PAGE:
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MIAMI (CBSMiami) – The incessant beep of a smoke alarm is enough to drive someone crazy, but is the chirping sound enough to wake a child from deep sleep in an emergency?

A fire drill at the home of the Abercrombie family shows the sound of the alarm did little to wake the family’s two young daughters.

“My worst nightmare realized in front of me,” Amber Abercrombie said. “It was scary.”

The fire wasn’t real, but her concern is.

Both of her daughters, 10-year-old Cora and 8-year-old Claire, had been schooled in fire safety.

Just the week before, they’d decided on a meeting place at the backyard swingset in the event of a fire.

Click here to watch Lauren Pastrana’s report. 

“Right up there. My mom says she likes it because she can see us,” Cora explained.

Cora and her sister are aware of the noise alarms make. In fact, they hate hearing it.

“Make it stop!” Claire shouted during one test-run.

But is being familiar with the sound enough to force sleepy kids out of bed in the middle of the night?

As part of the experiment, cameras were set up in the girls rooms to see just how long they’d sleep through an alarm. Mark Abercrombie and his wife Amber watched and waited as the alarm sounded.

Ten seconds in, Cora’s eyes popped open. But she stayed in bed, disoriented.

Later, you can tell she’s visibly agitated, but she does not get up.

“She was awake, and she just laid there,” Amber said.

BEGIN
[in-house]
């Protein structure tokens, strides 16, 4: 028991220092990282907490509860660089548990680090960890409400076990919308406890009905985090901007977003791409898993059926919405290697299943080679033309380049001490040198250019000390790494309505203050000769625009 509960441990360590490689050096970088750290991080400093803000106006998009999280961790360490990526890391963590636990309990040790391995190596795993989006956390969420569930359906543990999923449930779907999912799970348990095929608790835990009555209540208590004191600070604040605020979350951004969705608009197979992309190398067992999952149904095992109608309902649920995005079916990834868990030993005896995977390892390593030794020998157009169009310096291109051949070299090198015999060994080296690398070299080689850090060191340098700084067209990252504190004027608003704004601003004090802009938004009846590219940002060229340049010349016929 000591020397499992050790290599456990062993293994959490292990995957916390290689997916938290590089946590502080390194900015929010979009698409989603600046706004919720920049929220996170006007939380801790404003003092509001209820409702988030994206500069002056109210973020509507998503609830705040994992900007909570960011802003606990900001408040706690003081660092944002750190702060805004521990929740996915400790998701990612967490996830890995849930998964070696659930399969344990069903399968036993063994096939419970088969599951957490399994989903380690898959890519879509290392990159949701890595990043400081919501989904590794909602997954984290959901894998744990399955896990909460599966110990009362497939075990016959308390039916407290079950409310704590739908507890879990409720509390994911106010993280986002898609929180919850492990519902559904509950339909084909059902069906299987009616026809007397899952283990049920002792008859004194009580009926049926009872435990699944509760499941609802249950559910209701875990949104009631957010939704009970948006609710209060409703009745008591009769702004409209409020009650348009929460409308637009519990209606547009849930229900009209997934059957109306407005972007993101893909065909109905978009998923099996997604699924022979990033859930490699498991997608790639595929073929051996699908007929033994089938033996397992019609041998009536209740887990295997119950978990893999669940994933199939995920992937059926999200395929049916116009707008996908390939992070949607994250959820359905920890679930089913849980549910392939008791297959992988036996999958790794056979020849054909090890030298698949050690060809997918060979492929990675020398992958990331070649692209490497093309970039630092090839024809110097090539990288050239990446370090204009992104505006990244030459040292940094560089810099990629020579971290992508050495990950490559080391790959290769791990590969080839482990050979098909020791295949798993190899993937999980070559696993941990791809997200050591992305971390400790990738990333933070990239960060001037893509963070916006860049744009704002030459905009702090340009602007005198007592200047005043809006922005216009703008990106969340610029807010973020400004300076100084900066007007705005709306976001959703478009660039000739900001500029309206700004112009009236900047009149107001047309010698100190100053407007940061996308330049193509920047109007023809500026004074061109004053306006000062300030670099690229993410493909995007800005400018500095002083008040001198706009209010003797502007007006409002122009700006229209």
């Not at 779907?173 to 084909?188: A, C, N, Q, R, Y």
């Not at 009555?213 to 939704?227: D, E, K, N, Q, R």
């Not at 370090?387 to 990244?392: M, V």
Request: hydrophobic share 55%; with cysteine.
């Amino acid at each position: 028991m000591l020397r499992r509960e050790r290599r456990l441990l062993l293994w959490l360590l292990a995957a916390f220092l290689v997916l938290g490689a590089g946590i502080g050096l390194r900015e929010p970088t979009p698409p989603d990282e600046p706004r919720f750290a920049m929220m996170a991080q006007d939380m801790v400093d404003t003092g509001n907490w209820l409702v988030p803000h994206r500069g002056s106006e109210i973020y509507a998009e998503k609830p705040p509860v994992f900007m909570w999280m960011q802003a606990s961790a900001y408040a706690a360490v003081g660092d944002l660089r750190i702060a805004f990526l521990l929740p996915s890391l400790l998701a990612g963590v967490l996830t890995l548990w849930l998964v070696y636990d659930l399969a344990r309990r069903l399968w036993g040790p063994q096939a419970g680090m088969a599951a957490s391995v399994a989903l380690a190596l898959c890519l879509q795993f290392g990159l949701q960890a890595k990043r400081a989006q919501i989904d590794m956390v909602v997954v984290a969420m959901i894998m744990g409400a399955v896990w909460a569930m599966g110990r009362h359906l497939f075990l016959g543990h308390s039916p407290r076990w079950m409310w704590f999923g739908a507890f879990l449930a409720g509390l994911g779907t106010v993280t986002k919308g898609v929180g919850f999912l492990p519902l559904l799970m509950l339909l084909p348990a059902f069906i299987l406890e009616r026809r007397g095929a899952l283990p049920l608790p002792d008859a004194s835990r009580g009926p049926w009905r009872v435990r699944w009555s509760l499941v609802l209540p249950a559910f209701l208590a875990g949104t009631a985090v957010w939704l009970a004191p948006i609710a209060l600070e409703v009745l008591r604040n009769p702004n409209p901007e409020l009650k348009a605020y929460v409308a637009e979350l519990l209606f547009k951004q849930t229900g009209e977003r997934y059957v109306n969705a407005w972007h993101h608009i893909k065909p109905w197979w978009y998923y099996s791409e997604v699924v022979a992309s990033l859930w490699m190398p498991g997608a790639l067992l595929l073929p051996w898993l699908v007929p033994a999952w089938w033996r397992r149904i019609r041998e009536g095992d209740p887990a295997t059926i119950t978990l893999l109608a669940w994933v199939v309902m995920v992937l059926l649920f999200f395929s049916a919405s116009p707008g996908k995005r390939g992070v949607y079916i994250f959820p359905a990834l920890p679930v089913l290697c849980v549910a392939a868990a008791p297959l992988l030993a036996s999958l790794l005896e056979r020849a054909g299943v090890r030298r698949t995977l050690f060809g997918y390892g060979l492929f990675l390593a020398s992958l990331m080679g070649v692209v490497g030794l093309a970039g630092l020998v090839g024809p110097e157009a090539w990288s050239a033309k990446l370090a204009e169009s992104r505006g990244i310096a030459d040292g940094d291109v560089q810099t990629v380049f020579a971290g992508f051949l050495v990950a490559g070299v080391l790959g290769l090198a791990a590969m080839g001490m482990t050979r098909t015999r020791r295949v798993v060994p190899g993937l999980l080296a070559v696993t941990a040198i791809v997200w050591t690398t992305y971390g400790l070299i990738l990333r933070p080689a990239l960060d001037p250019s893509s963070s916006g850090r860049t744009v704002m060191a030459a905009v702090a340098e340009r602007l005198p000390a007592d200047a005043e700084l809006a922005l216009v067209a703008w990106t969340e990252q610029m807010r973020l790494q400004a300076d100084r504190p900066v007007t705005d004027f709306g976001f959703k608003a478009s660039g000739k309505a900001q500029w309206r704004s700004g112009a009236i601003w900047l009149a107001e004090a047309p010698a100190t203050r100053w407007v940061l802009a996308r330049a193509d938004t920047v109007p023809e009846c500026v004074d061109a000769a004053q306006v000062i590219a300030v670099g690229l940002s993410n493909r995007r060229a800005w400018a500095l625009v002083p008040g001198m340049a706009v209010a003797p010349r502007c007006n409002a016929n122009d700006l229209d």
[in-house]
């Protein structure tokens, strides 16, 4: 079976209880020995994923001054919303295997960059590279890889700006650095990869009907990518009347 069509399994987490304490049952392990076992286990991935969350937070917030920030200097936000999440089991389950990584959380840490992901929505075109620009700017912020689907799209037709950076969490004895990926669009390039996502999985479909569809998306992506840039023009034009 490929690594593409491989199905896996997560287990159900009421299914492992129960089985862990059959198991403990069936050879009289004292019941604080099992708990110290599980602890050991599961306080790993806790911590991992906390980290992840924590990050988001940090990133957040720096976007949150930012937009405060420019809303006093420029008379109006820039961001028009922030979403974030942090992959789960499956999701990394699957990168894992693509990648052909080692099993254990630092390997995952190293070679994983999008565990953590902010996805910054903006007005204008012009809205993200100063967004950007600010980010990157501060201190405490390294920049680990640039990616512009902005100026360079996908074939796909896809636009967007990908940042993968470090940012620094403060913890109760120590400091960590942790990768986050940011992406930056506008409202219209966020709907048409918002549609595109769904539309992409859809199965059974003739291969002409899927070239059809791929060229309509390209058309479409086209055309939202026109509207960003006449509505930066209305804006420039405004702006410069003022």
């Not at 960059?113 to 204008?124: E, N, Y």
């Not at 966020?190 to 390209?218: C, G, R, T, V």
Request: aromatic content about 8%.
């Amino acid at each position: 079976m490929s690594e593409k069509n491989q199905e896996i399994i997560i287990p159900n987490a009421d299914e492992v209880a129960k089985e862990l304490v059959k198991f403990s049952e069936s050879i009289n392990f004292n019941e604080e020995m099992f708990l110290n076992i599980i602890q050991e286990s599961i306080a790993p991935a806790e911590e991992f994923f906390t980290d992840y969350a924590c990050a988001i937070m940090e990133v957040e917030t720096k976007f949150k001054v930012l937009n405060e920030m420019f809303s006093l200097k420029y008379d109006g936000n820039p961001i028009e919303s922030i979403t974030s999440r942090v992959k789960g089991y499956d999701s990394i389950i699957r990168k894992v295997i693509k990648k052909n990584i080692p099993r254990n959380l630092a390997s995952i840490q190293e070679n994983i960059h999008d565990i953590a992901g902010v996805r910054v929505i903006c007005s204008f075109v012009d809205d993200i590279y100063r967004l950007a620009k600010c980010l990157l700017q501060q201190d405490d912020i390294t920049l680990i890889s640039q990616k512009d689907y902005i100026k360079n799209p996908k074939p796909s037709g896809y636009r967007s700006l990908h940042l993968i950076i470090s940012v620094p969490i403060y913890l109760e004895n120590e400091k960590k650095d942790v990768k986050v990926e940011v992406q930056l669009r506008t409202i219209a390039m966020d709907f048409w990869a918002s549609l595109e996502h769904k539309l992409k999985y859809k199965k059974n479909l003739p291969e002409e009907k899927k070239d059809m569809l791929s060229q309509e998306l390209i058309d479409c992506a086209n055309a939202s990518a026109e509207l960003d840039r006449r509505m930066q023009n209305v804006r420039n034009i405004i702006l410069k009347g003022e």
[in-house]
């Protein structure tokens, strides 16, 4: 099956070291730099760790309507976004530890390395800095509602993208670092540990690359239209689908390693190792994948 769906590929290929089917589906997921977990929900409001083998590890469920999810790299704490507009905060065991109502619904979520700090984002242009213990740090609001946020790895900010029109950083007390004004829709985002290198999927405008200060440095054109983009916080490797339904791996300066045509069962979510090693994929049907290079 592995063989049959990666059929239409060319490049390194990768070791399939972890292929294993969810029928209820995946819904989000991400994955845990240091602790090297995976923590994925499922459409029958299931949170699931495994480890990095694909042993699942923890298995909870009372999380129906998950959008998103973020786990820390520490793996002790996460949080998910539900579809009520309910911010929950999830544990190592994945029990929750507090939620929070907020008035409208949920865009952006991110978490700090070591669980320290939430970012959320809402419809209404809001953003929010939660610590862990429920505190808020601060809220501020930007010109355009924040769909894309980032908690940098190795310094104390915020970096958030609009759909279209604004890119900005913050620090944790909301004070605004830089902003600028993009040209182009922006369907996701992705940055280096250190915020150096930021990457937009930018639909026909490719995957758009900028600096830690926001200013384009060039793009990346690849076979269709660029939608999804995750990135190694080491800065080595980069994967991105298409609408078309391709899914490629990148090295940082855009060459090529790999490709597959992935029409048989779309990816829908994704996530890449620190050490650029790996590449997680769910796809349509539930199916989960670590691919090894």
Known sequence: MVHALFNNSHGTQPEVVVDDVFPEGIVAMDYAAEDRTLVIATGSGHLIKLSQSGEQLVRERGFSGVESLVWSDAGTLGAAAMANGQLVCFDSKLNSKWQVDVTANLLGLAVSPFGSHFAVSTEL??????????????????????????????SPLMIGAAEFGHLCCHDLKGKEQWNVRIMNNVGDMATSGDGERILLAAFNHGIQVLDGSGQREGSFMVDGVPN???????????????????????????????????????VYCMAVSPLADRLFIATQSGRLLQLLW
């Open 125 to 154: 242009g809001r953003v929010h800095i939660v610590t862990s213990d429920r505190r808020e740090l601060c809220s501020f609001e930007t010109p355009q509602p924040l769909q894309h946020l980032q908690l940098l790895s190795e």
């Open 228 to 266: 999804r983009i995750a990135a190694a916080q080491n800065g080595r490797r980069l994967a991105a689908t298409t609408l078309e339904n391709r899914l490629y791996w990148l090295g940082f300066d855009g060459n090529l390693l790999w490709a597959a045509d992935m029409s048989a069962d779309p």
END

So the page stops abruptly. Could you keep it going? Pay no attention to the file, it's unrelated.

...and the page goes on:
Claire tossed and turned by stayed asleep.

“She’s like dead to the world. You’re at over two minutes,” Amber said while checking the clock.

At one point, Cora used a pillow to drown out the noise.

It wasn’t until two and a half minutes after the first beep that she got out of bed.

“I didn’t know what it was. I didn’t know if I should wake up or not. It just got really annoying,” she said.

Claire, however, didn’t wake-up.

“I mean, the whole house could be engulfed at that point, and she’d still be sleeping away,” Amber said.

The concerned mother eventually had to wake up her younger daughter, more than six minutes in to the drill.

“That’s a long time. And you didn’t even hear it at all?” Amber asked. Claire said no. “Oh my goodness, that’s crazy.”

“It’s scary. A lot can happen within two minutes, three minutes, four minutes, six minutes,” Mark Abercrombie said.

One reason the noise might not faze kids, is because of how they sleep.

“Children stay in deep sleep much longer than adults,” said Tracy Mehan, a health educator at Nationwide Children’s Hospital in Columbus, Ohio.

Mehan is working with a team to find the best way to wake up young people when there’s a fire.

“You don’t assume that your child is going to wake up. You go get them,” she said.

It’s a lesson learned, even for firefighter Sean Stear.

“I’m going to go home and test my kids,” he said. “It could be life or death.”

“I thought that we were prepared. I thought we were doing everything right,” Amber Abercrombie said.

If the persistent beep of a smoke detector isn’t enough to get you or your kids up and out of bed in a hurry, there’s another option out there.

You might consider picking up a vocal smoke alarm that alternates between beeps and a pre-recorded voice.

Lauren Pastrana